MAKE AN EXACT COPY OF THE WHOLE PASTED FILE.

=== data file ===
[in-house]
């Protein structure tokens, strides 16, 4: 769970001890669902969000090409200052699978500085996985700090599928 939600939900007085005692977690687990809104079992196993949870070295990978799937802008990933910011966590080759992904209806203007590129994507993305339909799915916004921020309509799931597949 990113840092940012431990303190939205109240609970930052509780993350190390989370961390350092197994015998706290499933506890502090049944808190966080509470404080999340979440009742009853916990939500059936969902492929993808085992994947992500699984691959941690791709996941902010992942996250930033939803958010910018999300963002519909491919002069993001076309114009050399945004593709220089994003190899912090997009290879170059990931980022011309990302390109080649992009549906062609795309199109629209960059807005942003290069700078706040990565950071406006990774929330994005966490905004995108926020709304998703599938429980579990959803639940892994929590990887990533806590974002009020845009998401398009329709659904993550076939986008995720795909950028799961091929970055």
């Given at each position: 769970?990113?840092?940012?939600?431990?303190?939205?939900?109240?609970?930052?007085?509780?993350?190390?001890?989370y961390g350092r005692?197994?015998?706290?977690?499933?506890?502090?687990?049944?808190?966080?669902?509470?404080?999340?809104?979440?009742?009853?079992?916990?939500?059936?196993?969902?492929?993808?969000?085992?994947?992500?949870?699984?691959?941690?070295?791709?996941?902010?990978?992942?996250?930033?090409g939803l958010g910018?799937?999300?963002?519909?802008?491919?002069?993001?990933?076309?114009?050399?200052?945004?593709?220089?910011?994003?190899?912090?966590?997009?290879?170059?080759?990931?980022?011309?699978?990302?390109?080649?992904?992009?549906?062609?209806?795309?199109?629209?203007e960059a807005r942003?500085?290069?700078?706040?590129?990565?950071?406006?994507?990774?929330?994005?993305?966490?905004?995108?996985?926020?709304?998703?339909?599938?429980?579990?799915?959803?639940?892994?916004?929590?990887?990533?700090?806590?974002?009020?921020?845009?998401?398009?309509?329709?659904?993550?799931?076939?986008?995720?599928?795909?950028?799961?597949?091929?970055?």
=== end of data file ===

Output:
[in-house]
């Protein structure tokens, strides 16, 4: 769970001890669902969000090409200052699978500085996985700090599928 939600939900007085005692977690687990809104079992196993949870070295990978799937802008990933910011966590080759992904209806203007590129994507993305339909799915916004921020309509799931597949 990113840092940012431990303190939205109240609970930052509780993350190390989370961390350092197994015998706290499933506890502090049944808190966080509470404080999340979440009742009853916990939500059936969902492929993808085992994947992500699984691959941690791709996941902010992942996250930033939803958010910018999300963002519909491919002069993001076309114009050399945004593709220089994003190899912090997009290879170059990931980022011309990302390109080649992009549906062609795309199109629209960059807005942003290069700078706040990565950071406006990774929330994005966490905004995108926020709304998703599938429980579990959803639940892994929590990887990533806590974002009020845009998401398009329709659904993550076939986008995720795909950028799961091929970055």
């Given at each position: 769970?990113?840092?940012?939600?431990?303190?939205?939900?109240?609970?930052?007085?509780?993350?190390?001890?989370y961390g350092r005692?197994?015998?706290?977690?499933?506890?502090?687990?049944?808190?966080?669902?509470?404080?999340?809104?979440?009742?009853?079992?916990?939500?059936?196993?969902?492929?993808?969000?085992?994947?992500?949870?699984?691959?941690?070295?791709?996941?902010?990978?992942?996250?930033?090409g939803l958010g910018?799937?999300?963002?519909?802008?491919?002069?993001?990933?076309?114009?050399?200052?945004?593709?220089?910011?994003?190899?912090?966590?997009?290879?170059?080759?990931?980022?011309?699978?990302?390109?080649?992904?992009?549906?062609?209806?795309?199109?629209?203007e960059a807005r942003?500085?290069?700078?706040?590129?990565?950071?406006?994507?990774?929330?994005?993305?966490?905004?995108?996985?926020?709304?998703?339909?599938?429980?579990?799915?959803?639940?892994?916004?929590?990887?990533?700090?806590?974002?009020?921020?845009?998401?398009?309509?329709?659904?993550?799931?076939?986008?995720?599928?795909?950028?799961?597949?091929?970055?």